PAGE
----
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Lebanon
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Lebanon – Review

WHAT’S IT ABOUT?

At the start of Israel’s 1982 war against Lebanon, a young tank commander leads three untested young soldiers into battle.

From the moment we see the tank disappear into the sunflower fields, we don’t see the outside again – now, we are travelling with the soldiers, experiencing the war through their eyes.

Cramped in the cabin, a pool of oil and water on the floor, with only a portable metal box as a toilet, they head towards a village that’s just been attacked by Israeli warplanes. Their task is to make sure the airstrike was a success.

First, along the road, the gunner fails to fire at an oncoming vehicle. The result is the death of one of the foot-soldiers the tank is meant to be protecting. So next time, he fires on sight and an innocent Lebanese farmer is blown to smithereens.

With each slow and deliberate roll of the caterpillar tracks as the tank inches into Lebanese territory, the young soldiers find it harder to cope with the stress, the pressure and the responsibility they have.

WHAT’S IT LIKE?

This is a powerful war film that passes no comment on the politics but gives an insight into what it must be like to be at the sharp end.

For his first feature film, Samuel Maoz has built on his own memories from the same period, bringing tremendous authenticity to the horrific experiences of being a small fish in the big pond of war.

A rocket attack on their tank causes almost irreparable damage. Their commander makes them guard the Syrian who fired the rocket, chaining him up inside the tank, using up valuable oxygen. The Christian phalangists who are meant to be leading them to safety let them down. Nothing goes right, but there’s no escape. As the Israeli soldiers move deeper into Lebanon, they become prisoners in their own tank.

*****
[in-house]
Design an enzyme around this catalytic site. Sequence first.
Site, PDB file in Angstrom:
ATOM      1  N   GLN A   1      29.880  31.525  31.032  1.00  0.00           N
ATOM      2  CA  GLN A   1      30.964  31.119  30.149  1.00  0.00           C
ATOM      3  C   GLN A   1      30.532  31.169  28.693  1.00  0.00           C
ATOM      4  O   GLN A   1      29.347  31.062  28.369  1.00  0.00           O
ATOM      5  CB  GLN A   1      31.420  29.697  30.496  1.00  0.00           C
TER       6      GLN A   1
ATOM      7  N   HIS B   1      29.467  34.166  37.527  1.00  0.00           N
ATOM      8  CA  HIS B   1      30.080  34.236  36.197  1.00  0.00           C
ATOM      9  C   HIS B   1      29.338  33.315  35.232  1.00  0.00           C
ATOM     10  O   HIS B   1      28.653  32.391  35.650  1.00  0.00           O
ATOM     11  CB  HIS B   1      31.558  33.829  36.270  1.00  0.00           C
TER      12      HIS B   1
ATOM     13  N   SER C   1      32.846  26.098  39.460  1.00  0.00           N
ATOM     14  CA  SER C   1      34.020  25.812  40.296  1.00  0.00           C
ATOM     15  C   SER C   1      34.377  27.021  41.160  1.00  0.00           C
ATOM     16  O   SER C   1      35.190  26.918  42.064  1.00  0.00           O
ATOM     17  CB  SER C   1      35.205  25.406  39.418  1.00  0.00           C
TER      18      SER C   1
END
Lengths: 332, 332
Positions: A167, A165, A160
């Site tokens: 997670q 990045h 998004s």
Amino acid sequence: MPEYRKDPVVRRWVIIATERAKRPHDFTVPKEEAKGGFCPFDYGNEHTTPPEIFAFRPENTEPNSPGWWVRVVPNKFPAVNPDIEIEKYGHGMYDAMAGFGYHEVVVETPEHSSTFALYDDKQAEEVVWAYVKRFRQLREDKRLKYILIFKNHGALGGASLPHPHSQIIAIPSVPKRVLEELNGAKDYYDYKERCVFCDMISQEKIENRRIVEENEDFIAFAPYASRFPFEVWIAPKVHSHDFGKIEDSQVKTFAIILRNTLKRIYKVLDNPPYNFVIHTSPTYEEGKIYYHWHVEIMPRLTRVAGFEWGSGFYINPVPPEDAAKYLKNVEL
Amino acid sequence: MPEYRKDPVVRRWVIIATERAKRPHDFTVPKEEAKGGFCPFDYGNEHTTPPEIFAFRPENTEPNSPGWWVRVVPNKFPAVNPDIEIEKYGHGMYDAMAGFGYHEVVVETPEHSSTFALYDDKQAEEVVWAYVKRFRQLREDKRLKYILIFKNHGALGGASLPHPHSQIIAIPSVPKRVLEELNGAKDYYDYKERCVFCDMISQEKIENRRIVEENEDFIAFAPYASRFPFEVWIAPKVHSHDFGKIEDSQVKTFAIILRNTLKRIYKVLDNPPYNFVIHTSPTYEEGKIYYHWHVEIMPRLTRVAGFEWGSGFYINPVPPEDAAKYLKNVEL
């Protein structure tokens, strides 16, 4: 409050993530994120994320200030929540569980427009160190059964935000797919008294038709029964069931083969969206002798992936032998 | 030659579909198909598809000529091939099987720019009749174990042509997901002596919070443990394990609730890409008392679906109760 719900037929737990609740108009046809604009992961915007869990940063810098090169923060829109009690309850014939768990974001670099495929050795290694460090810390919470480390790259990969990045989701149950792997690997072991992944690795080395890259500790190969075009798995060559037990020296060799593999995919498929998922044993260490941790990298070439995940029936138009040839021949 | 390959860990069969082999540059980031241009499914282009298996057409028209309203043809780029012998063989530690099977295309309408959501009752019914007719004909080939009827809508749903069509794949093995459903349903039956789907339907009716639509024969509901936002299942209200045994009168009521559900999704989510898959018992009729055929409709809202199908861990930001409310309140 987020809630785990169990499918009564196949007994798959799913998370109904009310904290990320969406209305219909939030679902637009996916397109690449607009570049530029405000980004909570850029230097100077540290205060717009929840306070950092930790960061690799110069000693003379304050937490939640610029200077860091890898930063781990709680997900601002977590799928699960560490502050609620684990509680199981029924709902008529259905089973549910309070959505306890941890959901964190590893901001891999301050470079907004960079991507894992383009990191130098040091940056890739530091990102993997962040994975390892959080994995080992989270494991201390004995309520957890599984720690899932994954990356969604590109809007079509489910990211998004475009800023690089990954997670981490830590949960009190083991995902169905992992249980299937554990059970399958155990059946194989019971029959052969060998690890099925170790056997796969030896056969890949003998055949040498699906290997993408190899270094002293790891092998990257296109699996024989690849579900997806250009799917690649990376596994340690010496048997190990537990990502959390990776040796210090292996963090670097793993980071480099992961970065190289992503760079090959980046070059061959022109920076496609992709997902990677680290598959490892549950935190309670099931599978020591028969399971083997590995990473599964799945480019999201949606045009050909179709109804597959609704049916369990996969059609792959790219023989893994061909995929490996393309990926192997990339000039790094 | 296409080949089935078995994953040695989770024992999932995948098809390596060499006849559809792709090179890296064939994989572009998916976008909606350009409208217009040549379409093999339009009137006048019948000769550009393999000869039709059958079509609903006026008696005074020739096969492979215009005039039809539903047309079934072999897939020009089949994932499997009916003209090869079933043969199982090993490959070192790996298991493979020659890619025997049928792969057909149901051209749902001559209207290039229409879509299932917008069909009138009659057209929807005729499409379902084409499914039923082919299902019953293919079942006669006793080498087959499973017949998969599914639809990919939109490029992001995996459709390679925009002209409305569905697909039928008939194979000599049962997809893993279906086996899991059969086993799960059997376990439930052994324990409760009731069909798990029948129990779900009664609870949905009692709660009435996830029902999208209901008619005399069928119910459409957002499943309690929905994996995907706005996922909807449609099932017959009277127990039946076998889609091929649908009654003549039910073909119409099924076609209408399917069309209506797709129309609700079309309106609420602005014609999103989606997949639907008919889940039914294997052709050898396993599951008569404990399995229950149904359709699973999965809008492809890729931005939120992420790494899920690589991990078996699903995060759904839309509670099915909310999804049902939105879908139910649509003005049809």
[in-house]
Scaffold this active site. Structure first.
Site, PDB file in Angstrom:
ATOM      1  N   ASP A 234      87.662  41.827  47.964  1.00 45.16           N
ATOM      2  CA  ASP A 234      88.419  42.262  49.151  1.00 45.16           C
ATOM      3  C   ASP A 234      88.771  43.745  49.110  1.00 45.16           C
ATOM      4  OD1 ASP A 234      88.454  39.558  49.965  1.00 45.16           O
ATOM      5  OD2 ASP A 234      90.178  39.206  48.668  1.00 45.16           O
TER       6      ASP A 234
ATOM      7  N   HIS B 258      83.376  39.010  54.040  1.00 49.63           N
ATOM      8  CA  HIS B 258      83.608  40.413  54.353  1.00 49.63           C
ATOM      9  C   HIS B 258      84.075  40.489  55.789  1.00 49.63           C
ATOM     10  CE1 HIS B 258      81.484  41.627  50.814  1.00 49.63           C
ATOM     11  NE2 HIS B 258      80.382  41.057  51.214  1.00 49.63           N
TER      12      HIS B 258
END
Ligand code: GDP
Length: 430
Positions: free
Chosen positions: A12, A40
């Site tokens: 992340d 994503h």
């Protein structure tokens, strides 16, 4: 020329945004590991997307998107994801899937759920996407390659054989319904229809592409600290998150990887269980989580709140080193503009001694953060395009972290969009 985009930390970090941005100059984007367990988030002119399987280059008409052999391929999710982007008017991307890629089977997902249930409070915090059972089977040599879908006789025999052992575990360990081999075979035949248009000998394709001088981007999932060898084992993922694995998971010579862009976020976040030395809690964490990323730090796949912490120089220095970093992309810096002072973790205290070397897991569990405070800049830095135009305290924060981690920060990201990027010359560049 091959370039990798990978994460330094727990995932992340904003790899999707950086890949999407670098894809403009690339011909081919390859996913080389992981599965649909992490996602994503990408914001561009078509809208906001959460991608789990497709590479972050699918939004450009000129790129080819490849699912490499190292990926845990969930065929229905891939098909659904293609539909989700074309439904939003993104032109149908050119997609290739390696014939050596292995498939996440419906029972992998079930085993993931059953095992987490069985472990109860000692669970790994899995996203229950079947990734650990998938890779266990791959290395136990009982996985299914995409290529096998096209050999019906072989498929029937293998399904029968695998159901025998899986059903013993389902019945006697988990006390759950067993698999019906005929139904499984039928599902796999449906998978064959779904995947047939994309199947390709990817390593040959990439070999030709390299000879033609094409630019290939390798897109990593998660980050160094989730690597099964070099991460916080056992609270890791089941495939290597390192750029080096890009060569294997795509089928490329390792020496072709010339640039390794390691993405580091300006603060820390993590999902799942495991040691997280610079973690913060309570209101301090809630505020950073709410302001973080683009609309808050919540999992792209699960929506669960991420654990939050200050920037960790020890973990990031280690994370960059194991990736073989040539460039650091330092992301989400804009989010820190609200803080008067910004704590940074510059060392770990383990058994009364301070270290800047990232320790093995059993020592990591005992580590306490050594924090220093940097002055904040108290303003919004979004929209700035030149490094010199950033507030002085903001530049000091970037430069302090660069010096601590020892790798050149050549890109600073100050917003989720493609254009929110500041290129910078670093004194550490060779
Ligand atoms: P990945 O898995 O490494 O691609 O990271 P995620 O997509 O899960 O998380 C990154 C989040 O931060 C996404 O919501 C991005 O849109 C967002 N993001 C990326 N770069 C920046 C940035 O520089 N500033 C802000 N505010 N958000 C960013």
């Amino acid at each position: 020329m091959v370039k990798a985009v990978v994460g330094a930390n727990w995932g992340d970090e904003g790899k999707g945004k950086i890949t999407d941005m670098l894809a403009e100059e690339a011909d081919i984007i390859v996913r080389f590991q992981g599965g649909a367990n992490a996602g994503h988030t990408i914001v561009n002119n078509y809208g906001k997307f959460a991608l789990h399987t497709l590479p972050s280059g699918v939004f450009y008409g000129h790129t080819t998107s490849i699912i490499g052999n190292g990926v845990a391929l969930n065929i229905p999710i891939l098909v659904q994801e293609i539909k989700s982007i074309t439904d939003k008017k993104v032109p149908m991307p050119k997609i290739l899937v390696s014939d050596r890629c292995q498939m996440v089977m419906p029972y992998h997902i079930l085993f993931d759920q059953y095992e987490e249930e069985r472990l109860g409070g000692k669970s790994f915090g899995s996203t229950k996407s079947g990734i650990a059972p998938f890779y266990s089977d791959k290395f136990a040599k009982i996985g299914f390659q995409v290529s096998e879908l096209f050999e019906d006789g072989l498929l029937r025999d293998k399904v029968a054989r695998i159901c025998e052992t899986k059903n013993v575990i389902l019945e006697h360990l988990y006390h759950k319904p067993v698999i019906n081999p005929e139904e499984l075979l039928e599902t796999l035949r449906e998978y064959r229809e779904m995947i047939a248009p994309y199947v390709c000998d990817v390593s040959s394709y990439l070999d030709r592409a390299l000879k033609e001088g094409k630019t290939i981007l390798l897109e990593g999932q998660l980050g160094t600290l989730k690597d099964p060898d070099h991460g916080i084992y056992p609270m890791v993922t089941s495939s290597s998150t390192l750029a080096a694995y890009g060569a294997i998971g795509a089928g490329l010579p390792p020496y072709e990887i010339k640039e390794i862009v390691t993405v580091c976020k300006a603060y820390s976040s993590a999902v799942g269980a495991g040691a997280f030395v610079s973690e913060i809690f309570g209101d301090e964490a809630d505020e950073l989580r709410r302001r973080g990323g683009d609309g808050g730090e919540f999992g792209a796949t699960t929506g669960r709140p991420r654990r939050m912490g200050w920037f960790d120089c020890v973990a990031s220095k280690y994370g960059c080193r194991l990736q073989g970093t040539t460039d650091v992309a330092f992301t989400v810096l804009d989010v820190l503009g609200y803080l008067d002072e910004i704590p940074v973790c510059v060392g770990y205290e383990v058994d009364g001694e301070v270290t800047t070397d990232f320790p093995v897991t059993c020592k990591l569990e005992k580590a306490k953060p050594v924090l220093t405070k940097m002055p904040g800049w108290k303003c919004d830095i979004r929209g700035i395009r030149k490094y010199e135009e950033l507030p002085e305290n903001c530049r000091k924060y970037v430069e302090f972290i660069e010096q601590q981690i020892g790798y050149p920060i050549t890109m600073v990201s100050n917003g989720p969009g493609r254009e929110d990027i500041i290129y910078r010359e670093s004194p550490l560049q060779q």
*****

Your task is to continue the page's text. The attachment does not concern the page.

As a study of what it’s like to be a junior soldier, shot entirely within the cabin of the tank (the only view of what’s going on outside is through the gun sights), this is remarkable. But as a piece of story telling, it’s too much of a relentless chain of one thing going wrong after another. True, as I’m sure it is, it doesn’t feel compelling, because there’s no way out for them – they just have to roll with the events, which stunts the drama.

So most of the emotions come from the claustrophobia and the bristling character differences, between the nervous tank commander, desperate to be able to enforce his authority, the supercilious gun loader, the inexperienced gun man and driver (who just wants his mother to know he’s OK), their no-nonsense overall commander (who’s more fearsome than any unseen enemy can possibly be), their helpless prisoner and the ruthless phalangists.

While visually impressive and fresh, it does become a little tiresome, spending the whole film cramped up in the tank with these tired, bickering soldiers, with powerful weaponry at their fingertips. I’m sure it’s what it’s like to be involved in a war. But we’re cinemagoers, not soldiers. Once we’ve got a sense of what it’s like, that’s probably enough. We need more of a story or even a hint of a message to engage us.

If the message is “war sucks,” tell us something we don’t know. It was probably the right thing to do not to tackle the politics, as that would have led to certain unnecessary controversy.

An obvious comparison would be with the recent festival hit Waltz With Bashir, which was more thought provoking and visually striking.

Lebanon is a clever, powerful first-time outing for Maoz, that’s been praised and honoured at festivals such as Venice, but it’s not a particularly rewarding film, as would be suggested by the fact that at the Israeli equivalent of the Oscars, it won the awards for art direction, cinematography and sound, but not for writing, directing or best film.

Opens nationwide 14th May 2010

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